HOROWITZ Yeah, well, we probably have an object with
two flashes, so I'd better be cautious about hair standing
ALDA You think you have one…
HOROWITZ Well, we have to look at the data. But I think
we've seen objects with a couple of flashes. I should
say that the fuzziness in my statements here have to
do with the fact that in the summer, when humidity is
high, these detectors start to show artefacts, and in
summer we definitely have multiple hits on objects.
But we don't take it too seriously. We have to hope
that aliens will communicate with us wintertime, North
ALDA (Narration) Paul Horowitz is the first to acknowledge
that his way of looking for planets is a long shot.
But astronomers have growing confidence not only that
planets are commonplace in our galaxy, but that methods
for detecting them will soon allow us to look for Earth-size
planets -- and even for signs of life. Then we'll know
where to point our laser beams -- if we decide to say
ALAN ALDA (Narration) To end our show on Life's Really
Big questions we've come to a man whose job it is to
wonder about such things -- a philosopher. The old stereotype
of philosophers of course is that they spend their time
counting how many angels can dance on the head of a
pin or just contemplating their navels. Dan Dennett
isn't that kind of philosopher -- though as a graduate
student in philosophy he did once spend some time contemplating
DENNETT Somebody raised the question of what's going
on when your arm falls asleep and you can't move your
arm, and it seems this dead appendage, if you try to
move your arm, you can't. I thought, well that's a good
question, and I don't know the answer. And I was amazed
to see that the philosophers present not only didn't
know the answer but didn't seem to want to know the
answer or thought that maybe they should just think
about it. I thought, well, I don't think that's going
ALDA Must have been a bunch of angels in there.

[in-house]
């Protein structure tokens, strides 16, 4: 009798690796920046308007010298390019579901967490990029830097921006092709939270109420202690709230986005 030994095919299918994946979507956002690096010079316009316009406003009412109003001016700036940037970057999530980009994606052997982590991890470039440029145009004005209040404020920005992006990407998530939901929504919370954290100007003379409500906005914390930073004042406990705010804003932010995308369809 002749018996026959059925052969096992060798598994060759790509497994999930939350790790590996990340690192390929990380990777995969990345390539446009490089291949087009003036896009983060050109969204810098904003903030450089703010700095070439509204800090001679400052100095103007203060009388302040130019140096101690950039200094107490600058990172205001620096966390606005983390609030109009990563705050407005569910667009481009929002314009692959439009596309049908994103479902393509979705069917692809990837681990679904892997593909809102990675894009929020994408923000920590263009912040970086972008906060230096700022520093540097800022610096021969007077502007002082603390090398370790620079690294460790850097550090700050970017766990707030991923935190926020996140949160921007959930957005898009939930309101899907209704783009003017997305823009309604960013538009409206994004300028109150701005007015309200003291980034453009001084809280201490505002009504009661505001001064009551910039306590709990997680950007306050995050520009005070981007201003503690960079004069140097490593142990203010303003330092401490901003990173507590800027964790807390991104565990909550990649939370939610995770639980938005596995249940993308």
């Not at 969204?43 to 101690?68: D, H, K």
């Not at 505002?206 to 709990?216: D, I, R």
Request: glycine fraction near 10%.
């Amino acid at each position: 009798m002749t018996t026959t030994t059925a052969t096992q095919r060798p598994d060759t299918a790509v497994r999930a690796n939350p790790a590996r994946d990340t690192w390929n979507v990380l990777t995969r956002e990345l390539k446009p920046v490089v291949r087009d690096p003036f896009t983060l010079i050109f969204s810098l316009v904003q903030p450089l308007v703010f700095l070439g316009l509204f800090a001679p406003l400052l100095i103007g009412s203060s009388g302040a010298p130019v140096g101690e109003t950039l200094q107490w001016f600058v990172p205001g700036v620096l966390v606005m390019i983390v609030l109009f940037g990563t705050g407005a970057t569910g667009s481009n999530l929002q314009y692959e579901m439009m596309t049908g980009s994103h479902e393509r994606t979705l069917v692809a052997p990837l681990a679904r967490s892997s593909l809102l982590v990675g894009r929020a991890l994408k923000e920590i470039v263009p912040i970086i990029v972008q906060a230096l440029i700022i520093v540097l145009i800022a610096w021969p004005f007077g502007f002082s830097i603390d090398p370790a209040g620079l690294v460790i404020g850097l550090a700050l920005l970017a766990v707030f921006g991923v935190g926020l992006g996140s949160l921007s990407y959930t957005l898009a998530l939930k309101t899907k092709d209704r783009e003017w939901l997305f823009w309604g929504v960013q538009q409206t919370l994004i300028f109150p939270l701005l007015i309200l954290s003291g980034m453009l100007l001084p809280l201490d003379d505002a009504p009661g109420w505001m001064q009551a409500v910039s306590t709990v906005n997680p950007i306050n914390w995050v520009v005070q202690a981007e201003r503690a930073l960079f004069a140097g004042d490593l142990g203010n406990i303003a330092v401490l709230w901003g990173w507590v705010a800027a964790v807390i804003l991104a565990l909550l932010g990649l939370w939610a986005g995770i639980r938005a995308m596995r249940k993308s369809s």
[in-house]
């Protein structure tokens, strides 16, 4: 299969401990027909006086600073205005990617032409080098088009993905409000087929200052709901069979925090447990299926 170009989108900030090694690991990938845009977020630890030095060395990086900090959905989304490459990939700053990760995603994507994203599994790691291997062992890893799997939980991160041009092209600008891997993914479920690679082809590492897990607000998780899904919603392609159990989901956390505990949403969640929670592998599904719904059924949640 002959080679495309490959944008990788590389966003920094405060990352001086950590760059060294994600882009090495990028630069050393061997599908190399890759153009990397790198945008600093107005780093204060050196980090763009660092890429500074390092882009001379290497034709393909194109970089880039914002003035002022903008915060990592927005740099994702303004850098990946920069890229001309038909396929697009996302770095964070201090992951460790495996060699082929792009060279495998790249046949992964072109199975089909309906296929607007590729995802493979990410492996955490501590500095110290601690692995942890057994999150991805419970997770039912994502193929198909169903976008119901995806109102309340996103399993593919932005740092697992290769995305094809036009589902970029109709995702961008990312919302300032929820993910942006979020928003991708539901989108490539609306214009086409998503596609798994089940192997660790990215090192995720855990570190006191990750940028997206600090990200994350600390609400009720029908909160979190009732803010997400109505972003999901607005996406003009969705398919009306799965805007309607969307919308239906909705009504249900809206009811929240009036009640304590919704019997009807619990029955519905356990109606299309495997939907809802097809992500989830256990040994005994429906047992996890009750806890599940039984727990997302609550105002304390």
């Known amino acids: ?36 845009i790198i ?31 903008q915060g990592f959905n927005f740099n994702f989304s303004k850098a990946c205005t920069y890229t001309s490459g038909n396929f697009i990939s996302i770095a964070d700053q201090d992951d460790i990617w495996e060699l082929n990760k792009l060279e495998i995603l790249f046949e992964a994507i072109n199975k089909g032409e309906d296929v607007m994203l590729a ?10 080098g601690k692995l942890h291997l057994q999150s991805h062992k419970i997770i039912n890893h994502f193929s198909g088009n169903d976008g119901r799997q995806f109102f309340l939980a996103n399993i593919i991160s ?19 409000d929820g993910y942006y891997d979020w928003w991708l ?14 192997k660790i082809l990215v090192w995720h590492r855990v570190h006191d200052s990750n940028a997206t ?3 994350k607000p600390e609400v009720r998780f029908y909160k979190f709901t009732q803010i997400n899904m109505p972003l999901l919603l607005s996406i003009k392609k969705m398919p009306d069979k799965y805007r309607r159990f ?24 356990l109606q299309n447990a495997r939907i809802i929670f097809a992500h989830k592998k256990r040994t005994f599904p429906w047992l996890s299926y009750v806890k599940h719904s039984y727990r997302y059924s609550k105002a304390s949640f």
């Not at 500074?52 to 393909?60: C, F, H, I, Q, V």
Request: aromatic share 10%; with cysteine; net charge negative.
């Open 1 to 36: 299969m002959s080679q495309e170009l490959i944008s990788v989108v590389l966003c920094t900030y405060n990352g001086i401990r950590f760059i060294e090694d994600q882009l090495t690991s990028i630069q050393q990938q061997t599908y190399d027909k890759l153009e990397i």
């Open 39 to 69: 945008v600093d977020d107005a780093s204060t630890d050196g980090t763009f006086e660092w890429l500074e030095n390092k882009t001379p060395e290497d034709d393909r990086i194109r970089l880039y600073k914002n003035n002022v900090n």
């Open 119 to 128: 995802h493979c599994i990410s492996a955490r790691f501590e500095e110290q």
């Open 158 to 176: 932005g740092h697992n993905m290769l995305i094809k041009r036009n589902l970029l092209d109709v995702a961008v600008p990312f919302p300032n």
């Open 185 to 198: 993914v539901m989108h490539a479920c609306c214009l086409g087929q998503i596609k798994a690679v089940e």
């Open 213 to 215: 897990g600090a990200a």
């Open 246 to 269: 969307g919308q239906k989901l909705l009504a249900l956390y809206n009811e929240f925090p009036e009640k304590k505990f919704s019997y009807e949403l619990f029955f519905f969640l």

DENNETT Well, something. But I thought, well you know,
I just took the fact that I didn't know the answer to
that question, even though it was my arm, that maybe
the best route to your own mind is through the mind
of others, find some science, see how the parts work.
ALAN ALDA (Narration) Dan
Dennett has been trying to see how the parts work ever
since. In particular he's fascinated by how simple parts
can be put together to make complex things -- like people.
ALDA I thought it was really interesting that you said
in one of your books that we were descended from robots
and composed of robots. In what way?
DENNETT If you think of an individual single cell as
a sort of little robot, like a bacterium is a robot,
we're descended from bacteria. And there's a trillion
and counting cells in your body and in mine. Each one
of those is clueless, it's not conscious, it's just
a little machine doing its job. And it's very myopic.
It doesn't know about the outside world, it just knows
about its surface, and very little about that: just
a few inputs and a few outputs. So you have a trillion
myopic robots with different powers, with different
jobs, different specialties. You put them all together
just right and you get a human being. Or an elephant.